Using Promises With Express JS

Using Promises With Express JS

A variety of tactics developers use in the wild to promisify their Express apps

2022-01-02

Promisifying Express apps

I firmly believe that the best way to master promises, or any technical skill for that matter, is to practice it repeatedly in a realistic setting. Considering Express is the most popular framework for backend web development by a large margin, what better context in which to sharpen one’s mastery of asynchronous JavaScript?

Caveat: This article assumes both a beginner level familiarity with promisifying JavaScript code and the basics of creating Express APIs.

In this article, we’ll look at a variety of tactics developers use in the wild to promisify their Express apps, give recommendations for when to use this or that approach, and explore complications that can arise in the quest to merge the efficiency of promises with the elegant simplicity of Express.

To begin, let’s start out with what is probably the most common intersection of these two skillsets - serving the result of an async operation via an Express endpoint. There are three basic patterns that developers widely apply to this situation. Below, we’ll examine all three and point out the pros and cons of that approach, using a simple endpoint that reads a file.

Three patterns for async APIs

A simple solution is to write code that takes a callback functon, and send res.end as our callback. This has the benefit of working the same whether or not the code consuming the callback is asynchronous or not. In fact, looking at the code, we’ll barely notice anything asynchronous is happening:


const fs = require('fs');
const express = require('express');

const readFilePromise = (filename, cb) =>
    fs.readFile(filename, 'utf-8', (err, data) => cb(data))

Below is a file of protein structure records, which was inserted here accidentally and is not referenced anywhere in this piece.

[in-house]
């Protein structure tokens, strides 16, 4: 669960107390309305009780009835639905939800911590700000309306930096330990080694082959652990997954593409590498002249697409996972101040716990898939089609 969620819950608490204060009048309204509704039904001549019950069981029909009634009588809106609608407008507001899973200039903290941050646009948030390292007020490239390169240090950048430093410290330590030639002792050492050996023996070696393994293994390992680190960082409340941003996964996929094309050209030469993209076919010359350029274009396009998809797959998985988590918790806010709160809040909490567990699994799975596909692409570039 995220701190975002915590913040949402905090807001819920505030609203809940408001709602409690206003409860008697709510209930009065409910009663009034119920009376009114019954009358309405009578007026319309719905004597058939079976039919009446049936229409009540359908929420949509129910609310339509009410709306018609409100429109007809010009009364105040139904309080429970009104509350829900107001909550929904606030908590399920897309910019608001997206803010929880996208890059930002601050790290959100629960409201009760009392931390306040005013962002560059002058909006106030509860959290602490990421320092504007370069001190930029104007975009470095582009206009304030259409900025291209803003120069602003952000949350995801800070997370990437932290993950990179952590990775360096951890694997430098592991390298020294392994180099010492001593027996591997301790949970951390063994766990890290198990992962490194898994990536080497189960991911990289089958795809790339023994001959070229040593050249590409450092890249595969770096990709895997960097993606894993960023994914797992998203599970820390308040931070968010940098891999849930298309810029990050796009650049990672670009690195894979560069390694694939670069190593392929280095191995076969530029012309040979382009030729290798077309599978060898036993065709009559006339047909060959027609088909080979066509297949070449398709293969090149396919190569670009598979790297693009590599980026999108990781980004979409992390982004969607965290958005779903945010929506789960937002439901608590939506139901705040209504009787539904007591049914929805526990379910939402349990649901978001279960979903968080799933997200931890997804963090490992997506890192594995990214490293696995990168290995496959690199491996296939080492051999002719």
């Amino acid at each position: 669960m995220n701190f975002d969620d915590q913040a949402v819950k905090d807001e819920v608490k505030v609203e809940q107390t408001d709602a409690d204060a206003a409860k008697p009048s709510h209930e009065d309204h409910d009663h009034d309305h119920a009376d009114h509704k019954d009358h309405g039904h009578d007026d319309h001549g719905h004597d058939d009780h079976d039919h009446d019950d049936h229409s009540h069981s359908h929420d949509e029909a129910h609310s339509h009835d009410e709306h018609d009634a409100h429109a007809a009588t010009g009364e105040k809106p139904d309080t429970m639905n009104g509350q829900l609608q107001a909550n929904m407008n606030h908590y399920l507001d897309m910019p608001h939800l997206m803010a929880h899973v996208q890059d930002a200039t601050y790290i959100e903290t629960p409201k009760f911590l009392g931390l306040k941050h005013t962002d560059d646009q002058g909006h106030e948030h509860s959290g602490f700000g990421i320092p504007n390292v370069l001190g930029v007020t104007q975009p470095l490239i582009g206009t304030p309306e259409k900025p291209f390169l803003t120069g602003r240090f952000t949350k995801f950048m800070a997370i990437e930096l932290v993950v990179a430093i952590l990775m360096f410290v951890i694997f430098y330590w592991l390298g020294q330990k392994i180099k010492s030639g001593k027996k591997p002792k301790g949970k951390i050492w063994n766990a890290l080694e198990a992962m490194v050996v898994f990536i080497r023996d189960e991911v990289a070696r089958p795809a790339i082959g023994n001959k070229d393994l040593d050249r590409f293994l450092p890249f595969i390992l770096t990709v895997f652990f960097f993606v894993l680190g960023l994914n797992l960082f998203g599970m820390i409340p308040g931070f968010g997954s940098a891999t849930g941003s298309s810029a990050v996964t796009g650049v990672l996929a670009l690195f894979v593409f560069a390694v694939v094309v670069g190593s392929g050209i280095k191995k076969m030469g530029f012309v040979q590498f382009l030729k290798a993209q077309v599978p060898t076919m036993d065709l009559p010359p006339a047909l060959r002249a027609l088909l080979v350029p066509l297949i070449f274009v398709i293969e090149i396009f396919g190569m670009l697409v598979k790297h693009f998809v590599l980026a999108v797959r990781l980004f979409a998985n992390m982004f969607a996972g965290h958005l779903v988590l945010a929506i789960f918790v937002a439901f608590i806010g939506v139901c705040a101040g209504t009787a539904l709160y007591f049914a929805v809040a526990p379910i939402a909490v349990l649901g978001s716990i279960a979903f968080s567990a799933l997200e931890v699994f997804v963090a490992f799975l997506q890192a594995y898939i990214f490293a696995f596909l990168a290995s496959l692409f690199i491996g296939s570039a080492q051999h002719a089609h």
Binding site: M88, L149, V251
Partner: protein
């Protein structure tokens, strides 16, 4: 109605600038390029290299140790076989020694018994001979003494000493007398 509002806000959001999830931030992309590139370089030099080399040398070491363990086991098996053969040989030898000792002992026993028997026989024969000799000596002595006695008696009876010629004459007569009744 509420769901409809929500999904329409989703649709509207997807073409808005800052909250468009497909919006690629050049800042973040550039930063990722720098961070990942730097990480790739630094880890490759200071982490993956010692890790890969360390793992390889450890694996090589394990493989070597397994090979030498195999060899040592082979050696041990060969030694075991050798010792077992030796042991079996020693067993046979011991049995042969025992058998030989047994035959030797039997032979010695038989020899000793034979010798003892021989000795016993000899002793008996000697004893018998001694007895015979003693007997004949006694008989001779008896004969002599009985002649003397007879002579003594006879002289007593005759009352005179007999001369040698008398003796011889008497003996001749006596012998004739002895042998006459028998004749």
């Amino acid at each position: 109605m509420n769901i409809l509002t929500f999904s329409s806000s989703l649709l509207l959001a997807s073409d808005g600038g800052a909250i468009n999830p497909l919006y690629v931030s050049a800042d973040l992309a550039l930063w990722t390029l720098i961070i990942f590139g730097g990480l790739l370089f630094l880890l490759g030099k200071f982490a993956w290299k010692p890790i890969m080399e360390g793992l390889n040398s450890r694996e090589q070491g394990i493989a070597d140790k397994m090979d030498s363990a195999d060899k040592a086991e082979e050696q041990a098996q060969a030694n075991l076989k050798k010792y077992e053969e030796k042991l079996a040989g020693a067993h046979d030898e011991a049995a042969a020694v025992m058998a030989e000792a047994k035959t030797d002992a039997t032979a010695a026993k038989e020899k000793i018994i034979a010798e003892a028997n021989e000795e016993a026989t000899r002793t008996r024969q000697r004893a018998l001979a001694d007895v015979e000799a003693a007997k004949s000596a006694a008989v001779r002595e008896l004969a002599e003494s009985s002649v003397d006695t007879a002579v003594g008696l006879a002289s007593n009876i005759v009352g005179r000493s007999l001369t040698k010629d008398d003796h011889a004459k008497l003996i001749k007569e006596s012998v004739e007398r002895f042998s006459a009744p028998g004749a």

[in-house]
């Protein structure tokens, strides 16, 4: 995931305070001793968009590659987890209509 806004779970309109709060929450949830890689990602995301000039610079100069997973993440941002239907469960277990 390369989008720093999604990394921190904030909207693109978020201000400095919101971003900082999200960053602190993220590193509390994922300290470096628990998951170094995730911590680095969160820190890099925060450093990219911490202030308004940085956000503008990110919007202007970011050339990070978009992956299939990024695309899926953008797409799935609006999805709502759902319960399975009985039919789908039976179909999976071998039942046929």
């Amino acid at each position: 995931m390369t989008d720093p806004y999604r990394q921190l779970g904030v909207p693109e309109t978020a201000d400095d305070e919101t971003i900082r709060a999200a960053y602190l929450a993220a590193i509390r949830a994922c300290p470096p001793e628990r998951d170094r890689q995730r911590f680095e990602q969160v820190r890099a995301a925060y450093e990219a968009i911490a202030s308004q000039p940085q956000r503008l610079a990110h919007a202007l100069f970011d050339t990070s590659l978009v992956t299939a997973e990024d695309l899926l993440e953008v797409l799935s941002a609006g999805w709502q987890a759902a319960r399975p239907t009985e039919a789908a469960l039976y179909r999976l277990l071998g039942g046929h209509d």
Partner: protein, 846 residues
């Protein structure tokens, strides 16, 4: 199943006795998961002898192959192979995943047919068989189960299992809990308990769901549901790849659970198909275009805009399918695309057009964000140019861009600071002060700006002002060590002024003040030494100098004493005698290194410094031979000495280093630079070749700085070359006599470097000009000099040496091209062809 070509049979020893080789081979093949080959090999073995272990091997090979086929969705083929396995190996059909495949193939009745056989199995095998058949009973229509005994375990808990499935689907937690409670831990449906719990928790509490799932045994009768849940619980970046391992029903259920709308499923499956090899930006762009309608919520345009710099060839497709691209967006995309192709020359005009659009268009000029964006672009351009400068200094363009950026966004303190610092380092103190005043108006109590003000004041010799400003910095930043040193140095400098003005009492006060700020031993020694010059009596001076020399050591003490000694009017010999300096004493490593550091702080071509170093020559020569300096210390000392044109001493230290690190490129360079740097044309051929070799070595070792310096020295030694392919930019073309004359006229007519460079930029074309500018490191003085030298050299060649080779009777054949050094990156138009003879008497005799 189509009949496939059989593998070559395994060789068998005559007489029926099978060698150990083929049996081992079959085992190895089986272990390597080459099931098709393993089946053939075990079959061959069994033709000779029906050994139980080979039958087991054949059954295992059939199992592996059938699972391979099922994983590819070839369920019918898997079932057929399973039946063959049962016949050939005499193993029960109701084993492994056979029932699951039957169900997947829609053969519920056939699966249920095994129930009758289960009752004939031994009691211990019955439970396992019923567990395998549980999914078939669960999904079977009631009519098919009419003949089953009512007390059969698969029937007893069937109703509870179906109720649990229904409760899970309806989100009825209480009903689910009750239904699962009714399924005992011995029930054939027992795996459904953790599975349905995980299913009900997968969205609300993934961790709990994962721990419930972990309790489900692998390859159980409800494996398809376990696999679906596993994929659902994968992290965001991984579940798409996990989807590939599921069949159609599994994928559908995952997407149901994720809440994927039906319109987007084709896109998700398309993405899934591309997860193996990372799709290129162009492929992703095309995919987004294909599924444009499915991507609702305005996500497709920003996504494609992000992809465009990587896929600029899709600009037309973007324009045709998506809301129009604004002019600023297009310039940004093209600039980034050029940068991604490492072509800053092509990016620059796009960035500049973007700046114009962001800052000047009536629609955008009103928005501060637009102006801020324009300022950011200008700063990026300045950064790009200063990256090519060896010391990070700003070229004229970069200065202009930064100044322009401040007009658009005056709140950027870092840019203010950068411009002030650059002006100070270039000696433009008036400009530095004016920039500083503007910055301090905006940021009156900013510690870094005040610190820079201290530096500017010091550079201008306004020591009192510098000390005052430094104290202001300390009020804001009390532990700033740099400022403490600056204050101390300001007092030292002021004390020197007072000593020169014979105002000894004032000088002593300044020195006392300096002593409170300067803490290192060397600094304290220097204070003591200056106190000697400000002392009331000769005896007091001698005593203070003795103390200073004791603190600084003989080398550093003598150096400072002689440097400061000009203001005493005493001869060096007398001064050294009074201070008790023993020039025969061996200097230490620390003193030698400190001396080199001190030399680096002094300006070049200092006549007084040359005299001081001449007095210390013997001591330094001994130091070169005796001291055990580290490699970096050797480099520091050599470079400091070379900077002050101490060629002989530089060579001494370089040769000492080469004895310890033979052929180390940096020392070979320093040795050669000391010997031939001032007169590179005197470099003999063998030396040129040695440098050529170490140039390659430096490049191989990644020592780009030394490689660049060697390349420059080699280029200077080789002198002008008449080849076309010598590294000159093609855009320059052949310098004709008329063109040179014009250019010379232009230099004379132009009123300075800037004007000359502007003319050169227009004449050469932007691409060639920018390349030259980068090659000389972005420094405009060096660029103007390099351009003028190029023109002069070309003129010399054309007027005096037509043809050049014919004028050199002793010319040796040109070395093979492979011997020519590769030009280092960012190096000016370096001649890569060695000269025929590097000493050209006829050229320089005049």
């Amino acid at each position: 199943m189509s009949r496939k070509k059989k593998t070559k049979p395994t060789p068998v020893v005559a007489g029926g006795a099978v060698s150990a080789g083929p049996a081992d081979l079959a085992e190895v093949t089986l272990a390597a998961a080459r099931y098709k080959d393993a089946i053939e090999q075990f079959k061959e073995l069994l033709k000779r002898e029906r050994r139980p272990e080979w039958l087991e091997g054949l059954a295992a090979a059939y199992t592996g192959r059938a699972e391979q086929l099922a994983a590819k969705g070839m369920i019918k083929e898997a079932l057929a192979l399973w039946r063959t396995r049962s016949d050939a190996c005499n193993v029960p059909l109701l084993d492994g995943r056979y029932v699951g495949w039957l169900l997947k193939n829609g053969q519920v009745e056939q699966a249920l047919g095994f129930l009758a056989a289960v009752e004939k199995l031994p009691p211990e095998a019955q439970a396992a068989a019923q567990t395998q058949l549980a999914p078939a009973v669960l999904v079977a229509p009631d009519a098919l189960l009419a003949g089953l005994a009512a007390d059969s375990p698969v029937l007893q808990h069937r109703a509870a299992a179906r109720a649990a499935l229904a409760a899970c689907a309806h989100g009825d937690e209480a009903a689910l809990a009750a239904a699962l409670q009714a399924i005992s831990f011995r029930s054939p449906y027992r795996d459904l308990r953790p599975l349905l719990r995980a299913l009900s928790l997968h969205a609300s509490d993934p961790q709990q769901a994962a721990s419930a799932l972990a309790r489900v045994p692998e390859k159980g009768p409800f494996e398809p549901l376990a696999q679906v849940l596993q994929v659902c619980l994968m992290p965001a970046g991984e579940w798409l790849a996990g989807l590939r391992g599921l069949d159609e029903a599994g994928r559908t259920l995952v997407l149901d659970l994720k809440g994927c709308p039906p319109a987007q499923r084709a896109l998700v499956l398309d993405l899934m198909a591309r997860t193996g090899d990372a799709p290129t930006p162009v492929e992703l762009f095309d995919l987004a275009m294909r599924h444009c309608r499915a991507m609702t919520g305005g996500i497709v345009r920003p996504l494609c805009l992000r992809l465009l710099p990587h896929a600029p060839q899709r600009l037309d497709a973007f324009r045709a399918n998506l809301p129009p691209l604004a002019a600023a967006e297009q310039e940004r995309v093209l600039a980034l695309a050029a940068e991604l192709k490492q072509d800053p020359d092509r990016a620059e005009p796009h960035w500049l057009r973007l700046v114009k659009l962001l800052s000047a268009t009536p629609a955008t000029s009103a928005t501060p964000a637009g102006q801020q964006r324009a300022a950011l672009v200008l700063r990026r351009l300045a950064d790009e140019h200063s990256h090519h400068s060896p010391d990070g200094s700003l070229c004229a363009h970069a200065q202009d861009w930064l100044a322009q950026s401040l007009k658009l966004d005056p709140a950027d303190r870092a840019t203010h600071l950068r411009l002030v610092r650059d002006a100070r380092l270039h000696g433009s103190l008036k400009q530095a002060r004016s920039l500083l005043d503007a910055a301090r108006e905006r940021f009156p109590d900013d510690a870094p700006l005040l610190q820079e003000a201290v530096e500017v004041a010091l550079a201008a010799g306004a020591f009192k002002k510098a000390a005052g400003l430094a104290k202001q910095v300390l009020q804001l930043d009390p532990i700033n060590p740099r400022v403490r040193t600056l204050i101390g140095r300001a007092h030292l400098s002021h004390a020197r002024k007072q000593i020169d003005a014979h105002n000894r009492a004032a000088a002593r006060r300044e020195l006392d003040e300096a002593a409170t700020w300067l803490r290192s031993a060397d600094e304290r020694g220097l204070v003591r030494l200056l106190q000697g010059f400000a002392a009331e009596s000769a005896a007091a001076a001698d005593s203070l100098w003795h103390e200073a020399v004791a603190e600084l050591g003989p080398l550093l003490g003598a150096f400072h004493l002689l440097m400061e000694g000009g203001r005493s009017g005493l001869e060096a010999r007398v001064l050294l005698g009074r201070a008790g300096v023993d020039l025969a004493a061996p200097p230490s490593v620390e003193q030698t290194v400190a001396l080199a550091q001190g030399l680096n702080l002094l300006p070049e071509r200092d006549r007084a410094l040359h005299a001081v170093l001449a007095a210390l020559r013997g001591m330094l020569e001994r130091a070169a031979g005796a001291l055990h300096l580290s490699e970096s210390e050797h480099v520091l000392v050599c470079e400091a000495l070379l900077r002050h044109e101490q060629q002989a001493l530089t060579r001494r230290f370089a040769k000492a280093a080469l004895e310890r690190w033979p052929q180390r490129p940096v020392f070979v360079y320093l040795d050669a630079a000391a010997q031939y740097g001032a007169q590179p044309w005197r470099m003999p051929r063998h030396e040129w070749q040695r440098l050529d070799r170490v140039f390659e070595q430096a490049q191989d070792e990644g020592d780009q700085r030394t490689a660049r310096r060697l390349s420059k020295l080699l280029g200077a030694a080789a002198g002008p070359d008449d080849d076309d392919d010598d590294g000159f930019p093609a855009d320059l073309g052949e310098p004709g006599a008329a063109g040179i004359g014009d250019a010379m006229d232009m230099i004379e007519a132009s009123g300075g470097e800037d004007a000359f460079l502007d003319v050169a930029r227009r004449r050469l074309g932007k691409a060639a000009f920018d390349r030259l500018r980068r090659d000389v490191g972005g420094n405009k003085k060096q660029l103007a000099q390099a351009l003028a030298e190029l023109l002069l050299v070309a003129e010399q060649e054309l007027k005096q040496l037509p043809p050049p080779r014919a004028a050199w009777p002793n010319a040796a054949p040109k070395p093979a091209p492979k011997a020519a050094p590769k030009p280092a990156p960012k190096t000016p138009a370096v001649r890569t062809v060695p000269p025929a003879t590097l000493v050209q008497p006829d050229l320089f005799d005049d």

const app = express();

app.post('/get-file', async (req, res) => {
    readFilePromise('important_file.txt', res.end);
});

app.listen(3000, () => {
  console.log(`SSH app listening on port 3000`);
});

But the obscurity of the async nature of this code is in many ways a drawback, because the code is now less explicit. Even worse, we open the door to the infamous ‘callback hell’ antipattern that plagued JS before promises were integrated into the language. And finally, our code now assumes that a callback should be passed, making that the only way to access the data served by our code.

So let’s redo this, by wrapping it all in a promise. And we’ll add error handling while we’re at it.


const readFilePromise = (filename) => new Promise((resolve, reject) => {
    fs.readFile(filename, 'utf-8', (err, data) => {
        if (err) {
            reject(err);
        } else {
            resolve(data);
        }
    });
});

const app = express();

app.post('/get-file', (req, res) => {
    readFilePromise('important_file.txt')
        .then(data => res.end(data))
        .catch(err => res.end(`could not serve data: ${err}`))
});

Much cleaner, easier to follow, and simpler to immediately identify as asynchronous code. But can we make it even cleaner by using the async/await pattern introduced by ES7?


app.post('/get-file', async (req, res) => {
    const text = await readFilePromise('important_file.txt');
    res.end(text);
});

Great, we can pass anonymous functions that return a promise, so our endpoint function can be async with no problem. Be careful when doing this, however, to make sure that any middleware functions that go next() after this code will now be made aware that they’re dealing with a promise, and not a conventional sync function. And, in fact, that brings us to what used to be the biggest drawback of mixing promisified functions with Express endpoints.

Error handing with Express promises

Before Express 5, no error was triggered by Express upon a Promise rejection. Express’s error handling middleware (the next() that comes after the endpoint callback itself) ignored promise rejections, making debugging Express promise callbacks a massive pain. However, with the release of Express 5, this is no longer an issue. This can confuse newbies because so much writing on the topic is outdated. You can confidently use promises with Express without ever worrying or thinking about how debugging and error handling will have to be accomodated.

That said, in case you ever have to write code that is backwards compatible with older versions of Express, or support a legacy project using an old Express release, you can work around this by manually calling next() with the error text, like so:


app.post('/get-file', async (req, res, next) => {
    try {
        const text = awaitreadFilePromise('important_file.txt');